5. There are at least two different sizes, used by Marmon as well as Auburn in the late 20s.
  6. The best penetrant /lubricant is ATF with a small addition of Acetone. The secret is acetone has a hydrophobic end which links to ATF, and a hydrophilic end which seeks the metal. Just simple basic principles. Early diecast high zinc material causes trouble wherever you find it. Expansion with ageing will cause negative clearance. If you bore the piston so you thin it down, you can carefully heat it enough to be plastic it expands and in reality shrinks. When it cools it should come out easily. The new piston should slide freely in the bore, which may mean diametral clearance of perhaps three thou.
  7. To overcome rainwater lubrication of your band brakes, you cut a series of grooves cut across the lining on about45 o4 60 degree angle, so that water and debris were expelled to under the car so wheels did not get dirty. I have worn original cast iron brake shoes with similar angled grooving. These ran in steel drums of a 4 cylinder Napier that I have. Some of the big multi-axle heavy haulage military trucks of the early 1940s, maybe Diamond-T, Mack, Federal, had heavy duty disc brakes on the back of the transmission. I recollect seeing similar on something much smaller, like an amphibious Jeep.
  8. I recollect that Steve sent a goodwill message to the Veteran Car Club of Australia for the 1970 FIVA International Rally from Sydney to Melbourne in April 1970. I think it was reported that he had cars in the category of big Stearns and Simplex. I know his hot mustangs would have done half an hour in 20 minutes; but photos of his great early big Antiques might have been essential interest to many of us. His lever action Winchester impressed me. My father had a 32/40, that he used for deer shooting before military 3006 Garrand s were available. Someone broke into the locked storage and stole the 32/40, but I still have the ammo. It would have been good to control foxes here. I would like to see photos of Steve's big early cars if anyone knows .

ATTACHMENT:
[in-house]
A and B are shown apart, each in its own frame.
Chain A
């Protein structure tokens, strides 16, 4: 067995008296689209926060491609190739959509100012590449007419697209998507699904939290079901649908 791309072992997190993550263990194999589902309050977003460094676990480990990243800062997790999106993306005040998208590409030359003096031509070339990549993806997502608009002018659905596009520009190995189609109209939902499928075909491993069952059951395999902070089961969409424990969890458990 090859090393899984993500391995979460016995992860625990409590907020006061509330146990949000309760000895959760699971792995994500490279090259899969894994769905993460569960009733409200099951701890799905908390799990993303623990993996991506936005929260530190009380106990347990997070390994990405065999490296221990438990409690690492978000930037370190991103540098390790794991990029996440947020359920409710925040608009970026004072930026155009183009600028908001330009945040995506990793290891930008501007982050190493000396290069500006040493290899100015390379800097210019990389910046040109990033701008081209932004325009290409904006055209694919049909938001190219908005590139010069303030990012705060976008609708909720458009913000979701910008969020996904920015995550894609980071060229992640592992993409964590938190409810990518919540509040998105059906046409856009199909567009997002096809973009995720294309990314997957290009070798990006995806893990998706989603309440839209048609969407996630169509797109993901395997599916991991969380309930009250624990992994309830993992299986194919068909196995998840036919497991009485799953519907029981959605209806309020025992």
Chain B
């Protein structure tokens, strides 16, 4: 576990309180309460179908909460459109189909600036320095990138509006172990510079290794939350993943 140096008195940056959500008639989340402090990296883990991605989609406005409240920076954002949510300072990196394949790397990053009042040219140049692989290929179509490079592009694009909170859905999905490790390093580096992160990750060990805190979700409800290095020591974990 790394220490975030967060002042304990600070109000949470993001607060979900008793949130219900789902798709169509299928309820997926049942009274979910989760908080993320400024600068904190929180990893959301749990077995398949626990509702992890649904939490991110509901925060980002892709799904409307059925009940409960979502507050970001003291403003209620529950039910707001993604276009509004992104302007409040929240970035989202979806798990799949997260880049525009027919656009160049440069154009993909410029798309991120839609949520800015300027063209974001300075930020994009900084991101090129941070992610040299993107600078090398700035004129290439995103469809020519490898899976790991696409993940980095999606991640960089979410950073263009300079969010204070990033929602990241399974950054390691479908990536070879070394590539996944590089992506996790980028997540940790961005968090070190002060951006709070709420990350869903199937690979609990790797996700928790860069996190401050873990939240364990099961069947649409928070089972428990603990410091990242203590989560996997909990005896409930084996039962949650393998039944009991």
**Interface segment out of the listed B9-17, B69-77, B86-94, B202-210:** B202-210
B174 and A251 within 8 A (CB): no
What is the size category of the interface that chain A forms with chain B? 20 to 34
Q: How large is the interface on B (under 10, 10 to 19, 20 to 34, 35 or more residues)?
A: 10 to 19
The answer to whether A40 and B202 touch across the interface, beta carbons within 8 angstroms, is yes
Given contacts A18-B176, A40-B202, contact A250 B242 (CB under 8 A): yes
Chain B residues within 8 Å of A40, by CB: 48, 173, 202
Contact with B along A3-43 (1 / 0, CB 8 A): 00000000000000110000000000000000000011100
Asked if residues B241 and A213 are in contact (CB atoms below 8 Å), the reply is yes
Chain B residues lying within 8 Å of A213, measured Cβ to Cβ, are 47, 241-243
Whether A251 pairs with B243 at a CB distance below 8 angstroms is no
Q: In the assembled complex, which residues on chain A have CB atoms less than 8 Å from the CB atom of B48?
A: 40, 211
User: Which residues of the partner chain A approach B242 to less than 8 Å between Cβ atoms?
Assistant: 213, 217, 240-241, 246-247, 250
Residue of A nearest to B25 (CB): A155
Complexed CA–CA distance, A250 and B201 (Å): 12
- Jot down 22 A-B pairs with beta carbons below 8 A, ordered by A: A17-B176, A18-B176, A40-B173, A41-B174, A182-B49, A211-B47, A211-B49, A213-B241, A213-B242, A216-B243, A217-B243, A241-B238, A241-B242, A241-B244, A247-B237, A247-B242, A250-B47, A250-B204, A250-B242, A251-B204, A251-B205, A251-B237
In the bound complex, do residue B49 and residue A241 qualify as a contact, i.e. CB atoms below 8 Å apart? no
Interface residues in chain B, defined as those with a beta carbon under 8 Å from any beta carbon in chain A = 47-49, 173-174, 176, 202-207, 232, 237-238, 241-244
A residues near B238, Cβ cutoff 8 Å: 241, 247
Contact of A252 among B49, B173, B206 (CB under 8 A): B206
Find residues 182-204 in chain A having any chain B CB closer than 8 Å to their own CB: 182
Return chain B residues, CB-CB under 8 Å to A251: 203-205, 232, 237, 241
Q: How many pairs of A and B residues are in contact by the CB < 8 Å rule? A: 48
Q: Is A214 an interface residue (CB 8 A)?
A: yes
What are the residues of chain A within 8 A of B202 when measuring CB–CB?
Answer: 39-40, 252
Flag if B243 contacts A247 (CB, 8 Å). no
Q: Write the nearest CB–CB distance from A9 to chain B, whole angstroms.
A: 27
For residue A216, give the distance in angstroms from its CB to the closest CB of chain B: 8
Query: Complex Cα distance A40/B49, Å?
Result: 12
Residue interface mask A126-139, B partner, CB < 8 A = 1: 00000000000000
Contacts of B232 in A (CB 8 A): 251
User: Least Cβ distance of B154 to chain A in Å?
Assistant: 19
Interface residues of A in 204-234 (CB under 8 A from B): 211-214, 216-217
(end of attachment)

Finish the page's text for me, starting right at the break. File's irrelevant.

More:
9. Best entry level to understand the remarkable Dr Lanchester, his cars, and other aspects of his life's work is 'Automobile Design: Great Designers and Their Work' . (editors Barker and Harding) . Each chapter was contributed by someone with specialized knowledge and interest. If you cannot find what you want at a good price on the internet, send me a PM, and I will guide you. For goodness sake, read the whole book and treasure it. Otherwise you will not know about the Bollees of Le Mans, or Hans Ledwinka.
  10. My initial post on this was that it may have been a Morgan derivative. Internet of Lomax name gives the initiation as a kit car from 1982. The three wheel layout is very like the typical Morgan. One of my friends here who was much more conversant with those, and had been terrified by one, told me that if the single rear wheel goes flat, the car becomes like a centipede with the scrub itch. One of Mike's friends fastidiously restored a genuine 3 wheel Morgan, but would not drive it. No matter what power unit was used, be it 2CV, 2cyl fwd Subaru Sherpa, or a cross engine like a Lancia Beta, any modern special with that single rear wheel should properly be known as a "Darwin", in reference to the possibility of removing someone from the population gene pool.